Express Admin Save

MySQL, MariaDB, PostgreSQL, SQLite admin for Node.js

Project README

Express Admin

npm-version snyk-vulnerabilities

MySQL, MariaDB, PostgreSQL, SQLite admin for Node.js

brief history

Express Admin is a tool for creating end user administrative interfaces for relational databases in (literally) less than 10 minutes.

It was initially conceived back in 2012 and it was released officially in 2013. The user interface is built with Bootstrap (v3.3.1) and it is fully responsive and it works on any device. It also comes with all Bootswatch themes for that version of Bootstrap.

The entirety of the admin consists of just 3 views: main view, list view, and edit view. The main view lists all tables available inside the database and optionally a list of custom views. The list view lists table records with support for pagination and a powerful filtering widget for filtering and ordering the list. The edit view is responsible for viewing and editing database records and is capable of correctly modeling any table relationship, and it supports rich user input controls, such as date/time pickers and text editors.

The rendering is done entirely on the backend using Hogan.js (a mustache.js derivative). The frontend is using jQuery (v1.9.1) mainly for initializing the beautiful plugins: Chosen (v1.2.0) for rendering select boxes for many-to-one and many-to-many relationships and Bootstrap Datepicker for rendering various time and date pickers.

At the heart of the admin is the settings.json file. The settings.json file contains a robust data structure responsible for configuring all aspects of the admin, such as: table relationships, table visibility inside the main views, column settings such as: type and input control to use, verbose name, visibility etc., view settings, filter configuration etc.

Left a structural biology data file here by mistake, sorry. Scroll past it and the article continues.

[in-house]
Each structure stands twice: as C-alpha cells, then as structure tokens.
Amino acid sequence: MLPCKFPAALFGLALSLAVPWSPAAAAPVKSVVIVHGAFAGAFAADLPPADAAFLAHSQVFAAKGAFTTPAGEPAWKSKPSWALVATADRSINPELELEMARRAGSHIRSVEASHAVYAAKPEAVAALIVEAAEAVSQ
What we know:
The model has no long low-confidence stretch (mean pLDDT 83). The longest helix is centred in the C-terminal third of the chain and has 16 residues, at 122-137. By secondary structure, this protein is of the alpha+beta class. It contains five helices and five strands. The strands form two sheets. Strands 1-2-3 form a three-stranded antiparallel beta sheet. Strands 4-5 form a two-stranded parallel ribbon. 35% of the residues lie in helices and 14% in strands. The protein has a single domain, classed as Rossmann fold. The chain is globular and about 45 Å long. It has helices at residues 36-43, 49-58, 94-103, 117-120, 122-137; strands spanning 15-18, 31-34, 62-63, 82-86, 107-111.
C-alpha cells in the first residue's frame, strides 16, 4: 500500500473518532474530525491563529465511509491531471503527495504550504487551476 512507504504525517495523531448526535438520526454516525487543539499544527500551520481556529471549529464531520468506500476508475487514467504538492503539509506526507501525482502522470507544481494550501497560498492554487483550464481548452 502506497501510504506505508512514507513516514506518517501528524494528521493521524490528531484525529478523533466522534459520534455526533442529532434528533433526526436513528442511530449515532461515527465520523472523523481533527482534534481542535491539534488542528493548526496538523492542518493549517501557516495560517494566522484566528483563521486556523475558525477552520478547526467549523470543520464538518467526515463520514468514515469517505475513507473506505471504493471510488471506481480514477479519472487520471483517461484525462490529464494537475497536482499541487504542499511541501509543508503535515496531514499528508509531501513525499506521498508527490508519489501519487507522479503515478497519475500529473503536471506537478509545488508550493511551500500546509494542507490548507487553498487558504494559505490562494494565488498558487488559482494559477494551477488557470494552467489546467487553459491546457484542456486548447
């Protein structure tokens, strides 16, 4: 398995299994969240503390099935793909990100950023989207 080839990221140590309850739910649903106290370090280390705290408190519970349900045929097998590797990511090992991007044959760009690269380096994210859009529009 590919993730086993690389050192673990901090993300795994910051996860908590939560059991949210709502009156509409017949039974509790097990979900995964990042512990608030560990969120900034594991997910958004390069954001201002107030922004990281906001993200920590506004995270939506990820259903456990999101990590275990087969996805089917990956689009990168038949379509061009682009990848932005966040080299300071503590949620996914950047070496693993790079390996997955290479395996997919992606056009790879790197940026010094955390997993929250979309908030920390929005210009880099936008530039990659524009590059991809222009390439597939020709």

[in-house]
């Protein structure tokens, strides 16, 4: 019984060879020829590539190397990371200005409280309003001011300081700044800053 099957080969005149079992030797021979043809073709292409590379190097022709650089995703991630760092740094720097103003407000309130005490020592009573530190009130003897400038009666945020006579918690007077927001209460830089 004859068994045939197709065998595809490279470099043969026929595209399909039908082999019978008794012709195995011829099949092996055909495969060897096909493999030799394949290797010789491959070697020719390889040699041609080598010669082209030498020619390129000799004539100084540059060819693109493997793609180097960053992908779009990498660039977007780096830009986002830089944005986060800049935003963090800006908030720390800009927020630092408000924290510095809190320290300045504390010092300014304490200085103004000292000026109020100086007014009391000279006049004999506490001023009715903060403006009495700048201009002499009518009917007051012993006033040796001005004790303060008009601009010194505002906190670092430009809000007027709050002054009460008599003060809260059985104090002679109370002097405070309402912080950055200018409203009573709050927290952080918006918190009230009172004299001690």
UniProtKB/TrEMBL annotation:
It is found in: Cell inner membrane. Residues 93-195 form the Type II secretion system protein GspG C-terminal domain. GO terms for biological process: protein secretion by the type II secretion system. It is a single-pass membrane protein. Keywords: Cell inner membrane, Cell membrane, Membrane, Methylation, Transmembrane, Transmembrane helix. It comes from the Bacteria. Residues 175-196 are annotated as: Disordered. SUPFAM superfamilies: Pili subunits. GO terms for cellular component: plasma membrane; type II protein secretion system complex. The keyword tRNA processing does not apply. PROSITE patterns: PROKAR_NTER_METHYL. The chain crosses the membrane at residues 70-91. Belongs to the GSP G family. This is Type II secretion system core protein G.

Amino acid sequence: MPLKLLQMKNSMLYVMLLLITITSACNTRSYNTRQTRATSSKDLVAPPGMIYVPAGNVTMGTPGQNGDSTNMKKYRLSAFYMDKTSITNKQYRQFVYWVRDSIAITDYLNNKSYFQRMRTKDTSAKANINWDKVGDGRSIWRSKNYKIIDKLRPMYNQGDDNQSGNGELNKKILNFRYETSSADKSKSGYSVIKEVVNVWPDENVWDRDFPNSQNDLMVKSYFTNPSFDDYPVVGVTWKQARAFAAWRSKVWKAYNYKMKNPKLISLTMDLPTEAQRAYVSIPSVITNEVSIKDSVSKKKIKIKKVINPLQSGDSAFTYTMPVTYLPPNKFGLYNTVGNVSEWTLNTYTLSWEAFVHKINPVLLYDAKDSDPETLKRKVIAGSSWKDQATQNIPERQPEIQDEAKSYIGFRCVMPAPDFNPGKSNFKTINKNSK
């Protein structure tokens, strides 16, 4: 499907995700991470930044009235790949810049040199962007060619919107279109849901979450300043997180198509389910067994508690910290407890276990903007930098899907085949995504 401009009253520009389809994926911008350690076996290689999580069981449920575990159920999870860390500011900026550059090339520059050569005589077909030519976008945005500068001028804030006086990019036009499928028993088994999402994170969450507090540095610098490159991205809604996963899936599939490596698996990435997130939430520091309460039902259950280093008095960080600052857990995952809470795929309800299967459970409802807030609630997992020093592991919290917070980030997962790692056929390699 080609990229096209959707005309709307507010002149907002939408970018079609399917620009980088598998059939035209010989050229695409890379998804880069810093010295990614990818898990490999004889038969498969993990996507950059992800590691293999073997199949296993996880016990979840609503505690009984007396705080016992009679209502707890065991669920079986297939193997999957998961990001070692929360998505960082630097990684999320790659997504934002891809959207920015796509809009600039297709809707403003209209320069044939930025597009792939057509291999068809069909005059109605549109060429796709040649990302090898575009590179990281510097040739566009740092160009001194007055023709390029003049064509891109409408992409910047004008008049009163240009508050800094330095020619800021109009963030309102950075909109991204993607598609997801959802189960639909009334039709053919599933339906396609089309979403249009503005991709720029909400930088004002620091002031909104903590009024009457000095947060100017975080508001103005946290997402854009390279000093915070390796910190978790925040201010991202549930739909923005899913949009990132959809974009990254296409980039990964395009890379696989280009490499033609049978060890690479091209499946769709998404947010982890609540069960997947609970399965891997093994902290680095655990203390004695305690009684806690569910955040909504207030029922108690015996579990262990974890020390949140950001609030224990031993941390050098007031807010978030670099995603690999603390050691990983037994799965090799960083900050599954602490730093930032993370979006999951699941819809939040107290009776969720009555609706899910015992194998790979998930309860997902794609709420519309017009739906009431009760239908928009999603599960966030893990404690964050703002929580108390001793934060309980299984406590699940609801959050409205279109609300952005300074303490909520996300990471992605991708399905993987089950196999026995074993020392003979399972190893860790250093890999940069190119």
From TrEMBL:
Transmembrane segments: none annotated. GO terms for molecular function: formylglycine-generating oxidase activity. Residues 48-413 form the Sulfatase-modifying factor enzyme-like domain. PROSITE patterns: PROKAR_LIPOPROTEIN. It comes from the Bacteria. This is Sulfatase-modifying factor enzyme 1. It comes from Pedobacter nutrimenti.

Lastly, the admin also comes with various extension points for: custom static files on the frontend, custom views on the backend, and pre/post save hooks to augment the behavior of the admin.

quick preview

How it Looks

Examples

Get the admin up and running on your localhost in less than 10 minutes and play around with the examples.

Tests

Express Admin comes with a comprehensive integration tests suite: https://vimeo.com/795985128

Table of Contents


Middleware

Express Admin is an Express.js middleware:

var express = require('express')
var admin = require('express-admin')

express()
  .use(admin({
    config: require('config.json'),
    settings: require('settings.json'),
    users: require('users.json'),
    custom: require('custom.json'),
  }))
  .listen(3000)

At the minimum you need Express.js, Express Admin, and a database driver:

{
  "dependencies": {
    "express": "^4.18.2",
    "express-admin": "^2.0.0",
    "mysql": "^2.18.1"
  }
}

Express Admin was tested and is known to work with the following database drivers:

Driver Version Engine
mysql ^2.18.1 MySQL (from v5 up to latest) MariaDB (from v10.0 up to latest)
pg ^8.9.0 PostgreSQL (from v9 up to latest)
sqlite3 ^5.1.4 SQLite (from v3.8.0 up to latest)

Configuration

Key Availability Description
config required general configuration about the database and the admin